But I like how many words have more than one pronunciation. It's almost as good as two accepted spellings in the dictionary (preferred always come first, of course).

And you are right on the Deep South point, Mara. Heck, you'd be right on the Shallow South point, too. I've driven through the South, but haven't spent a lot of time there (unless you count Myrtle Beach as "the South," and you probably do not).

More damning, if you read my profile, you realize that (gasp) I'm allergic to Faulkner. (And I'll bet dollars to Southern belles that ole Willie used crepuscular in his books... only I wouldn't know, having never made it out of one of his books alive.)

message 28: by Eastofoz (last edited Mar 02, 2008 09:15PM) (new)

Eastofoz Does anybody know the answer to this: Do you say

"I couldn't care less!" or
"I could care less!"

when you're fed up with something?

I've heard both and everyone I ask seems to say one or the other and that their version is right. Does anyone know "the real" expression?

Does SO (as an abbreviation) mean Significant Other when you're referring to someone who lives with you? I hate these new abbreviations that pop up 24/7 without any explanation!

message 29: by [deleted user] (new)

i think it's "I couldn't care less"
meaning i'm maxed out on not caring
there is no possible way I could care less.

but I could be wrong

yah i would say SO means sig other
I just used it recently because "boyfriend" sounds ridiculous for someone who is over 35 regardless of living or not living together

message 30: by Ken (last edited Mar 03, 2008 03:10AM) (new)

Ken | 18340 comments Mod
I second Maureen. If you COULD care less, you would. But to show your utter lack of caring, you say, "I couldn't care less" because you've already reached the absolute bottom in the ocean of Not Caring. People mess that up all the time, but you don't come off like I jerk if you turn it into a joke:

Person: "I could care less."
You: "Go right ahead, then."

OK. Maybe you come off as a jerk no matter HOW you correct people, but I actually like to be corrected sometimes, because that's how I learn (and I still have a lifetime of learning to do -- without a lifetime left to do it in).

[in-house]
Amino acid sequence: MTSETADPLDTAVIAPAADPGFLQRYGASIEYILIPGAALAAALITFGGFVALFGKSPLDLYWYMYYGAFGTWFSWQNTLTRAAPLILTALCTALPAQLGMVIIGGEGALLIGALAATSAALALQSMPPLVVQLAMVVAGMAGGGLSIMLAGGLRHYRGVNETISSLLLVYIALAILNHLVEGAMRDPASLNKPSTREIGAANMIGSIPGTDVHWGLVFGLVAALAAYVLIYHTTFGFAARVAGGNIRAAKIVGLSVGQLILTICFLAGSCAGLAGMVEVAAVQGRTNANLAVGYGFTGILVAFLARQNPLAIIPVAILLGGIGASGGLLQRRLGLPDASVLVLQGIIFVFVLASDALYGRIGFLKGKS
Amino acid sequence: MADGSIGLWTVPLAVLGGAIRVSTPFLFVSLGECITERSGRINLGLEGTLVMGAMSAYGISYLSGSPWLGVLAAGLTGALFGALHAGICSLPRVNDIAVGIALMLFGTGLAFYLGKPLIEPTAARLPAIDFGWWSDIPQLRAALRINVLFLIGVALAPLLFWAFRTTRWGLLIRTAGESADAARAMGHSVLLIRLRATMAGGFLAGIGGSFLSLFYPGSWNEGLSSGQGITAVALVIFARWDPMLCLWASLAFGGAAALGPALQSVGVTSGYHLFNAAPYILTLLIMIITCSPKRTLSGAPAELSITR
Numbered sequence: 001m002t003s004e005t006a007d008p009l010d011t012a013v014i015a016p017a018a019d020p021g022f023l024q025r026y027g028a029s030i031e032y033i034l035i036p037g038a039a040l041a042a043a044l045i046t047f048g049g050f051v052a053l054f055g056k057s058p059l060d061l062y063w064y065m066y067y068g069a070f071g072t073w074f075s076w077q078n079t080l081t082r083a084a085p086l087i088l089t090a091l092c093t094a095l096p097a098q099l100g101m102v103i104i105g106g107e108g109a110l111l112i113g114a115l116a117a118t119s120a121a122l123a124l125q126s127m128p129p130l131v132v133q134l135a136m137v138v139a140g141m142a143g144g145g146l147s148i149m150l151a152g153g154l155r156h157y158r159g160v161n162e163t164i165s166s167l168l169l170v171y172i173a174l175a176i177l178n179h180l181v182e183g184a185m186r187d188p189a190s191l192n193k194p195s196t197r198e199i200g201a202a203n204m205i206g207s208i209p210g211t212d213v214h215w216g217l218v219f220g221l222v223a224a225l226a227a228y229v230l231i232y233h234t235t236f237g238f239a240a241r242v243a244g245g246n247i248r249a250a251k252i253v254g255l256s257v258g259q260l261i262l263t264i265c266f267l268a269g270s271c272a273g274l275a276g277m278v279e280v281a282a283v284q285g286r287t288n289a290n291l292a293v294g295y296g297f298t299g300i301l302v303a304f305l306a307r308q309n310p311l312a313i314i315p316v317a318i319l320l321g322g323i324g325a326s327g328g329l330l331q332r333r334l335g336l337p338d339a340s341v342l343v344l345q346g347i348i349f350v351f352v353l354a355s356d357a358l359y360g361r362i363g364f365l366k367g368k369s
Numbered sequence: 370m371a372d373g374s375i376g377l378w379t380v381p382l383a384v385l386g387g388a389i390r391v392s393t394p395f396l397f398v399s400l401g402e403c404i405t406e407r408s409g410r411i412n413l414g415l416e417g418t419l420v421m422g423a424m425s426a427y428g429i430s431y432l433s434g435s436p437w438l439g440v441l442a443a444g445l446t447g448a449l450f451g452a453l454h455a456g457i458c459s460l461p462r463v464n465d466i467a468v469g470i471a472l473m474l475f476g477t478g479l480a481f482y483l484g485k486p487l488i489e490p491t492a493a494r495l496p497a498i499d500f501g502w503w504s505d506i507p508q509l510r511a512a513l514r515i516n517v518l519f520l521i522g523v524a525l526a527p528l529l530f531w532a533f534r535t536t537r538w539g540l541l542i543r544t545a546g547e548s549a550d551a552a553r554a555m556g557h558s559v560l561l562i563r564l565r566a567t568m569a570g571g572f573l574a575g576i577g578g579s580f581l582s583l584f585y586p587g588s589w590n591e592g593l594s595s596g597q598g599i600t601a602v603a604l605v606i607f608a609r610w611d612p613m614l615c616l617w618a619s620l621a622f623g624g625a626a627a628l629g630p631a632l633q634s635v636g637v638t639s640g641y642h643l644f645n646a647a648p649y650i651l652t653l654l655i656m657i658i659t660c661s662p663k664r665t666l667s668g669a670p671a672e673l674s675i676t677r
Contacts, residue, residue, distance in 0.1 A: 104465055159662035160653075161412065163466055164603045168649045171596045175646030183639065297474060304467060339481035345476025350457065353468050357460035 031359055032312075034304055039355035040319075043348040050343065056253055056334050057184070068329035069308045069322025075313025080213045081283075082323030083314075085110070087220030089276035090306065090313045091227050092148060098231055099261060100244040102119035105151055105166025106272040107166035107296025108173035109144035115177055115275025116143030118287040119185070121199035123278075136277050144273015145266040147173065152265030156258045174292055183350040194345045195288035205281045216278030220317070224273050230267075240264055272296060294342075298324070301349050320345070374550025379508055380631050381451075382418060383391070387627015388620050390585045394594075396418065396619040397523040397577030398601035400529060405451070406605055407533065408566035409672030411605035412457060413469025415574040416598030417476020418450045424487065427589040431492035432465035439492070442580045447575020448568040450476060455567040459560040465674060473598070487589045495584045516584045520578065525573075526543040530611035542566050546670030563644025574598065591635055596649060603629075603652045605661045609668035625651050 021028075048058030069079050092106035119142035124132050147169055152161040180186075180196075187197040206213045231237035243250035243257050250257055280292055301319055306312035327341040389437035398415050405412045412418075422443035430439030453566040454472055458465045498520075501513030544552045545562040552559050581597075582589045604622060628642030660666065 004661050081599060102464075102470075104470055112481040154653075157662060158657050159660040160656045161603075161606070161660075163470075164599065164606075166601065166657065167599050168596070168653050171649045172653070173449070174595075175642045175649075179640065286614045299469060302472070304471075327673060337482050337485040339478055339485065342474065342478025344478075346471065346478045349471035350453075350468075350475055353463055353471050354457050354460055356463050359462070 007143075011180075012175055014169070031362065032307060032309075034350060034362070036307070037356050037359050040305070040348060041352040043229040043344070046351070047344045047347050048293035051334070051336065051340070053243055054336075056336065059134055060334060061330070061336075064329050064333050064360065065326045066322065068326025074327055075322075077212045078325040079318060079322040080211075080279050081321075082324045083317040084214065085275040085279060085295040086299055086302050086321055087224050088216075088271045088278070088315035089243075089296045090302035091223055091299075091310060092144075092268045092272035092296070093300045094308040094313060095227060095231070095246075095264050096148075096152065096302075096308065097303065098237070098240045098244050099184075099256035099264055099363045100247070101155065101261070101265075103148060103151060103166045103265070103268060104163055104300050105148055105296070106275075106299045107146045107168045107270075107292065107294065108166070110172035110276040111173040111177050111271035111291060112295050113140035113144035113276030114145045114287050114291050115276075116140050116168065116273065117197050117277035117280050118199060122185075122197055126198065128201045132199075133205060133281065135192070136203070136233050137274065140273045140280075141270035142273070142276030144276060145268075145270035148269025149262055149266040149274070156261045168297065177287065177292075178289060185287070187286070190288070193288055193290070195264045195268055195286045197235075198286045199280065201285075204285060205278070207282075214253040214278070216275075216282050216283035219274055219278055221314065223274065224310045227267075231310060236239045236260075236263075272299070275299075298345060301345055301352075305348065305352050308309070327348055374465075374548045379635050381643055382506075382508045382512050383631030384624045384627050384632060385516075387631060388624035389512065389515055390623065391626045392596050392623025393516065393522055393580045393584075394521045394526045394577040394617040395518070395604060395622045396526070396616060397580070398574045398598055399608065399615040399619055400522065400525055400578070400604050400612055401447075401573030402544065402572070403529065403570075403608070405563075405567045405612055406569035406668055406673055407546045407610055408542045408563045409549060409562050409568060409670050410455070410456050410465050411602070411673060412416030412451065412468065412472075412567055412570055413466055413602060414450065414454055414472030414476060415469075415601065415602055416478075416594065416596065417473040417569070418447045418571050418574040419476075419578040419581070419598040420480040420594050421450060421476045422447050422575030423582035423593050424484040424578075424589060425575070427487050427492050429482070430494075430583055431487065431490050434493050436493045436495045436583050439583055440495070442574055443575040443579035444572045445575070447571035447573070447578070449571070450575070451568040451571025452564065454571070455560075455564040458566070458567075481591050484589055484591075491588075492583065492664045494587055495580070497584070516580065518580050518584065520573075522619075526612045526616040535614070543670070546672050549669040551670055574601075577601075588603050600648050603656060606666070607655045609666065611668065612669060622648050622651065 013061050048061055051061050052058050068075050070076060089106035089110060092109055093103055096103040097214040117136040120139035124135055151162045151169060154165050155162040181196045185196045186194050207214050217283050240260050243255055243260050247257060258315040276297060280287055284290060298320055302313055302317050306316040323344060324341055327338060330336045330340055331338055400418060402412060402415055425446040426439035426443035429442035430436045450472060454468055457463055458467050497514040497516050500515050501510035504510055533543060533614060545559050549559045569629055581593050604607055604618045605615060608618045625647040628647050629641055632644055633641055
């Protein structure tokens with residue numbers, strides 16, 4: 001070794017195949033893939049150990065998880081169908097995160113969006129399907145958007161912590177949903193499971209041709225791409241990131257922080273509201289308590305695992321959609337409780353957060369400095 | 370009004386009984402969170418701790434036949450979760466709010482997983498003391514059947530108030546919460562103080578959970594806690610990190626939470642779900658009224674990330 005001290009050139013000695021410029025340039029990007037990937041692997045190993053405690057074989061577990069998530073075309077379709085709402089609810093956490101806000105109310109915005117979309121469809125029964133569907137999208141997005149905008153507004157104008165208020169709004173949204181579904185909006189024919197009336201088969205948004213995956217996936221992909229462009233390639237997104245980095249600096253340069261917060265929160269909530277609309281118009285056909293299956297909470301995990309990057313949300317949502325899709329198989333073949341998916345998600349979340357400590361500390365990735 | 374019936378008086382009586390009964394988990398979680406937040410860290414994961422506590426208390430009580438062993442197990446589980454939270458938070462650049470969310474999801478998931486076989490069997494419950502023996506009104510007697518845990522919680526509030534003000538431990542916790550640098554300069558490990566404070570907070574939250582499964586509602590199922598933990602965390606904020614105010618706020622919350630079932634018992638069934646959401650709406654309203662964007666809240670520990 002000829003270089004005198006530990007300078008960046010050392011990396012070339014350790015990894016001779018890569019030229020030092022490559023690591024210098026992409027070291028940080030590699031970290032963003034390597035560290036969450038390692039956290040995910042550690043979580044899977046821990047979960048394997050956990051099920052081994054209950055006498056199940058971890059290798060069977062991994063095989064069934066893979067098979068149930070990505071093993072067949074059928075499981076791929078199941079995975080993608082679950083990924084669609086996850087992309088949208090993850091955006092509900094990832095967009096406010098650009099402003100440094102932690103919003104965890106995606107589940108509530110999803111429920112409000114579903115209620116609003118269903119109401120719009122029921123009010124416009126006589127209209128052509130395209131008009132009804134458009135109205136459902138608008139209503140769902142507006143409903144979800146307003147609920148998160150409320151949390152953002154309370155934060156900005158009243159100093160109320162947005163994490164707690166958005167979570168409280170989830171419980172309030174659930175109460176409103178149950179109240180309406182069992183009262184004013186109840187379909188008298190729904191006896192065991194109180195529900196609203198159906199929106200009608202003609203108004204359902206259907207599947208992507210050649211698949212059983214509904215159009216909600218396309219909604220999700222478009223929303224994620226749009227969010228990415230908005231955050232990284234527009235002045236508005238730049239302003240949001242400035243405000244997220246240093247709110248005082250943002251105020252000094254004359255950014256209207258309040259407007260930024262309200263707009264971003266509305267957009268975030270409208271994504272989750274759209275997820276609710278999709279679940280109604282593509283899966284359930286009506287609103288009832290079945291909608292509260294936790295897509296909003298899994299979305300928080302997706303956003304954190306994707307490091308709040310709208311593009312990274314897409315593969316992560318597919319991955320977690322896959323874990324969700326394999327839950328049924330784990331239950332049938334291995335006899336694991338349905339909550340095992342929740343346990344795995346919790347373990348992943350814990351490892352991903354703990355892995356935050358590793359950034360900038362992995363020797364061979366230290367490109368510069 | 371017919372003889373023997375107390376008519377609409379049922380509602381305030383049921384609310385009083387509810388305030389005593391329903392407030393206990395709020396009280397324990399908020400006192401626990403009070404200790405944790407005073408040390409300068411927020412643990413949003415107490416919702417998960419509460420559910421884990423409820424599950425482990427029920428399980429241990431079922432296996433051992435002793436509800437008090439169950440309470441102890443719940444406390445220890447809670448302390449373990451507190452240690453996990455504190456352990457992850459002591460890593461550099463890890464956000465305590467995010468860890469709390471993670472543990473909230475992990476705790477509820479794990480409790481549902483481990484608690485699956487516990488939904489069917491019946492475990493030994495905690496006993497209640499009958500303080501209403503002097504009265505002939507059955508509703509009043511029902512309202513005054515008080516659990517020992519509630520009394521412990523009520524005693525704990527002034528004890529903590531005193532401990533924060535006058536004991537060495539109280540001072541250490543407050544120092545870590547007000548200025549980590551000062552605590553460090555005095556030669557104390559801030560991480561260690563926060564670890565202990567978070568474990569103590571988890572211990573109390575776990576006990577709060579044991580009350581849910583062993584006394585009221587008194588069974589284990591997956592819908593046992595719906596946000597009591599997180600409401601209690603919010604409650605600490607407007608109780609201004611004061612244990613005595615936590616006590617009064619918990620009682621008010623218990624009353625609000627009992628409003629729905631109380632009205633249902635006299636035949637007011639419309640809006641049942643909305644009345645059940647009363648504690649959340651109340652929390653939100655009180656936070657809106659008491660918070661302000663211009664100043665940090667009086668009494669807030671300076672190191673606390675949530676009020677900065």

message 31: by [deleted user] (new)

i've always wondered what docent meant and never bothered to check! thanks

my word today is foment
it just sounds neat

i've left all my books in storage and don't know a good online dictionary, any suggestions?

also a thesaurus?

message 32: by Eastofoz (new)

Eastofoz Thanks for the "couldn't care less" explanation newengland. Makes sense :)

message 33: by Ruth (new)

Ruth | 15772 comments Mod
A nice feature of the MS Encarta dictionary is that it pronounces the word aloud for you.

message 34: by [deleted user] (new)

ooohh-thanks ruth and richard i'll add them to my favorites

i like the word hegemony as well but had never heard of it until Noam Chomsky's book
I don't know why, guess i wasn't hangin in the world dominion circles ;)
but it doesn't exactly roll off my tongue

newengland had mentioned on one of these posts that people could be well read but if they haven't heard the words used (or looked up the pronunciation) they may not know how to say them

i find this very true for myself
there are also just those words that i know the pronunciation but if the first bit trips out of my mouth wrong i can't set it right

that is soooo embarrassing

message 35: by mara (new)

mara | 6 comments Yea, I wouldn't let hegemony roll off your tongue, Maureen. It's one of those words like the expression "dominant paradigm" that sounds msugly academic and is outside the veracular of everyday language even among he well-spoken

message 36: by [deleted user] (new)

haha agreed
i had a statistics prof who hated the word paradigm to be used except for mathematics

he felt it perverted its true meaning
i kinda liked him for that

message 37: by Ken (last edited Mar 04, 2008 05:03PM) (new)

Ken | 18340 comments Mod
Foment is a good one because it SOUNDS like "foam" and foam is what you get when you stir the waters. Pretty close to the definition, isn't it? Churning the waters, I mean. OK, so I'm being figurative (because I'm not the best realist).

Hegemony. Hmn. That word I heard a lot in college, where I minored in history. There was a whole lot of hegemony going around historically (hysterically, in some cases). Sounds like hedgehog. And that's one of my favorite quotes: "The fox knows many things; the hedgehog knows one big thing." I read an Isaiah Berlin essay on Leo Tolstoy once and he used that quote to divide people into "foxes" and "hedgehogs" (yes, this was all pre-Sonic!). Tolstoy was a hedgehog, seems. I fear I am, too (curses).

Paradigm is part of that miasma of confusing words: paradigm, paradox, paragon, paregoric, etc. OK. Kidding on the paregoric maybe.

Why concede paradigm to the mathematicians, though? (I hate to concede them anything, after the torture they put me through for 12 long years....)

message 38: by Eastofoz (new)

Eastofoz I like the word "denouement"--sounds so tragic!

message 39: by Sheri (new)

Sheri I was reading a picture book to my 4 year old daughter tonight. It is the Bake Shop Ghost and I loved how a children's book contained the word "flummoxed".